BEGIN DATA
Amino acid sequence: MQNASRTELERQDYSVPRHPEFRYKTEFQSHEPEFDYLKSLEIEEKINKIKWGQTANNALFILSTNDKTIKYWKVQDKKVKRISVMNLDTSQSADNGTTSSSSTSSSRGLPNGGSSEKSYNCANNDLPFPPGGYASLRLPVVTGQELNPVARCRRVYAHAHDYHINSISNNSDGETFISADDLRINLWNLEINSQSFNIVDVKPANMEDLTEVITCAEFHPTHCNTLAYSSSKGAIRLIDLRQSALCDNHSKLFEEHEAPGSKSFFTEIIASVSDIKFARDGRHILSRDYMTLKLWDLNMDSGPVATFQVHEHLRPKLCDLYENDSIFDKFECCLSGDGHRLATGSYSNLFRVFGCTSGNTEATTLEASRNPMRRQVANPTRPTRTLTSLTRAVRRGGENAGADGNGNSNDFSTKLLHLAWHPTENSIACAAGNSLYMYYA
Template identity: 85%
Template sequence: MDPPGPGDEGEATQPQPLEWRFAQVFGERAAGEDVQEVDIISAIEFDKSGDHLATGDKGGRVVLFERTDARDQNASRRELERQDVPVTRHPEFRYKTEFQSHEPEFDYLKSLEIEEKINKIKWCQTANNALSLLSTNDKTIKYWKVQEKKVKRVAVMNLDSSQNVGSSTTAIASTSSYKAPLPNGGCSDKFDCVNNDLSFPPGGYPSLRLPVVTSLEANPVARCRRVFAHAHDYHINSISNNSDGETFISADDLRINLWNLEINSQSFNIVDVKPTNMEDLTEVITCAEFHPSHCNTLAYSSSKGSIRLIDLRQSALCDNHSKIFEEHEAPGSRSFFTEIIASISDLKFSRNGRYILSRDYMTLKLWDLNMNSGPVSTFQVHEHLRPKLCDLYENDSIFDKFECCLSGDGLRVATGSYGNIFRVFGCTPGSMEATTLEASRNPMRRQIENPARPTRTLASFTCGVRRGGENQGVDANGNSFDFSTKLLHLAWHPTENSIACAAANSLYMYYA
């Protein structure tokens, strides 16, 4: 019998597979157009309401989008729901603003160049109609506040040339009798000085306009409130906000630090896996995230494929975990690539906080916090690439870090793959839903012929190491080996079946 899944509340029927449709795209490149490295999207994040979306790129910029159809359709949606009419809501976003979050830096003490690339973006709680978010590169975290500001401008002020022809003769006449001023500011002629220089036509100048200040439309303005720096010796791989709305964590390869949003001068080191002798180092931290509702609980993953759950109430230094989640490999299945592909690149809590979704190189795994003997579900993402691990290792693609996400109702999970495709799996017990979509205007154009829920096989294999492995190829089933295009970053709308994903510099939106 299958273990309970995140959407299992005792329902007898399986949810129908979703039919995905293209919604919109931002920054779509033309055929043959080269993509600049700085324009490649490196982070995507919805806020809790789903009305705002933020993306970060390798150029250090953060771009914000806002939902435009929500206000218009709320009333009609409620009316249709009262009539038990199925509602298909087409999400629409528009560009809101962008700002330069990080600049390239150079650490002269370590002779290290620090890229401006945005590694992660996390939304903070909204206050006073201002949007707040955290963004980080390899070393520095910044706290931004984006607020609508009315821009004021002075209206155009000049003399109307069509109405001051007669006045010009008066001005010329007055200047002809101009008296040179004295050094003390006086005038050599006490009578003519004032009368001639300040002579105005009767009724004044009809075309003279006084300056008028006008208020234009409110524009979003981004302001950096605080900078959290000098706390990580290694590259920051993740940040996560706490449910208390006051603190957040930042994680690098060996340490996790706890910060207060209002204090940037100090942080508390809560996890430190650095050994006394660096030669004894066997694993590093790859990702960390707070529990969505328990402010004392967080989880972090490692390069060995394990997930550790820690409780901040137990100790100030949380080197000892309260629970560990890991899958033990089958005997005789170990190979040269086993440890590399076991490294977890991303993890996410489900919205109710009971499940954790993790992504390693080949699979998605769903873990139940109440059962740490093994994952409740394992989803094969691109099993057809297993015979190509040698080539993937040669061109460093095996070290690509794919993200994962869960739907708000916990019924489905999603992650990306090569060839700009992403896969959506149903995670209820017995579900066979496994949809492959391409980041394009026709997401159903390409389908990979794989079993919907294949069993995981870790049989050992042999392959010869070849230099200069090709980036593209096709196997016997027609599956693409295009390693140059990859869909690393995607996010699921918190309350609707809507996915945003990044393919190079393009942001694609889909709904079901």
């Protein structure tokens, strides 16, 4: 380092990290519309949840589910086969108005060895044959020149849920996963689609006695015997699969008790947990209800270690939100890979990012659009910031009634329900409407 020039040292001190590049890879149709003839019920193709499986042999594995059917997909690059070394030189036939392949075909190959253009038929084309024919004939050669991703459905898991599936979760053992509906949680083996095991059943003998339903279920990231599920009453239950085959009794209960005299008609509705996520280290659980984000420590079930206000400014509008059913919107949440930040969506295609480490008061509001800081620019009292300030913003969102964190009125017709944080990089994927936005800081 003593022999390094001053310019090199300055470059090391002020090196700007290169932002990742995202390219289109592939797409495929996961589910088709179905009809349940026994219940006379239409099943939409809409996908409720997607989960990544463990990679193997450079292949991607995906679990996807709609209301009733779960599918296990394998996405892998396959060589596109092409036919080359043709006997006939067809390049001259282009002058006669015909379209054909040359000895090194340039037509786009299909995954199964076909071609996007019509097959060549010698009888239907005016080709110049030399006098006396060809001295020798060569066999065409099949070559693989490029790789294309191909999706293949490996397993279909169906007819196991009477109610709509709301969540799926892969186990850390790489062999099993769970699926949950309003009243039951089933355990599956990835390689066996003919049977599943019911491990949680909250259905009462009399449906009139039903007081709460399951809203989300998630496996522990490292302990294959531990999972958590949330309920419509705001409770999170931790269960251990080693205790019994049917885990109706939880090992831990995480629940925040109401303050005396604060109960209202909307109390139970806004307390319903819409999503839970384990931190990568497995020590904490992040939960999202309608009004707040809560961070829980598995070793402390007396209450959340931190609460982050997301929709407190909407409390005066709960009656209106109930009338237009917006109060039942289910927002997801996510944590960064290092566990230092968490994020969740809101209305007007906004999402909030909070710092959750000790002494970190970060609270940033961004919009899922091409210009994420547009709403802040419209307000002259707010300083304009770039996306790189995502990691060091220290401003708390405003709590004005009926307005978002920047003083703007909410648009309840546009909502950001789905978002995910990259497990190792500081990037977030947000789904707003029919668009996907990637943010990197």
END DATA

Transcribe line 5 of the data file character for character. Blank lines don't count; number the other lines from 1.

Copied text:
């Protein structure tokens, strides 16, 4: 380092990290519309949840589910086969108005060895044959020149849920996963689609006695015997699969008790947990209800270690939100890979990012659009910031009634329900409407 020039040292001190590049890879149709003839019920193709499986042999594995059917997909690059070394030189036939392949075909190959253009038929084309024919004939050669991703459905898991599936979760053992509906949680083996095991059943003998339903279920990231599920009453239950085959009794209960005299008609509705996520280290659980984000420590079930206000400014509008059913919107949440930040969506295609480490008061509001800081620019009292300030913003969102964190009125017709944080990089994927936005800081 003593022999390094001053310019090199300055470059090391002020090196700007290169932002990742995202390219289109592939797409495929996961589910088709179905009809349940026994219940006379239409099943939409809409996908409720997607989960990544463990990679193997450079292949991607995906679990996807709609209301009733779960599918296990394998996405892998396959060589596109092409036919080359043709006997006939067809390049001259282009002058006669015909379209054909040359000895090194340039037509786009299909995954199964076909071609996007019509097959060549010698009888239907005016080709110049030399006098006396060809001295020798060569066999065409099949070559693989490029790789294309191909999706293949490996397993279909169906007819196991009477109610709509709301969540799926892969186990850390790489062999099993769970699926949950309003009243039951089933355990599956990835390689066996003919049977599943019911491990949680909250259905009462009399449906009139039903007081709460399951809203989300998630496996522990490292302990294959531990999972958590949330309920419509705001409770999170931790269960251990080693205790019994049917885990109706939880090992831990995480629940925040109401303050005396604060109960209202909307109390139970806004307390319903819409999503839970384990931190990568497995020590904490992040939960999202309608009004707040809560961070829980598995070793402390007396209450959340931190609460982050997301929709407190909407409390005066709960009656209106109930009338237009917006109060039942289910927002997801996510944590960064290092566990230092968490994020969740809101209305007007906004999402909030909070710092959750000790002494970190970060609270940033961004919009899922091409210009994420547009709403802040419209307000002259707010300083304009770039996306790189995502990691060091220290401003708390405003709590004005009926307005978002920047003083703007909410648009309840546009909502950001789905978002995910990259497990190792500081990037977030947000789904707003029919668009996907990637943010990197």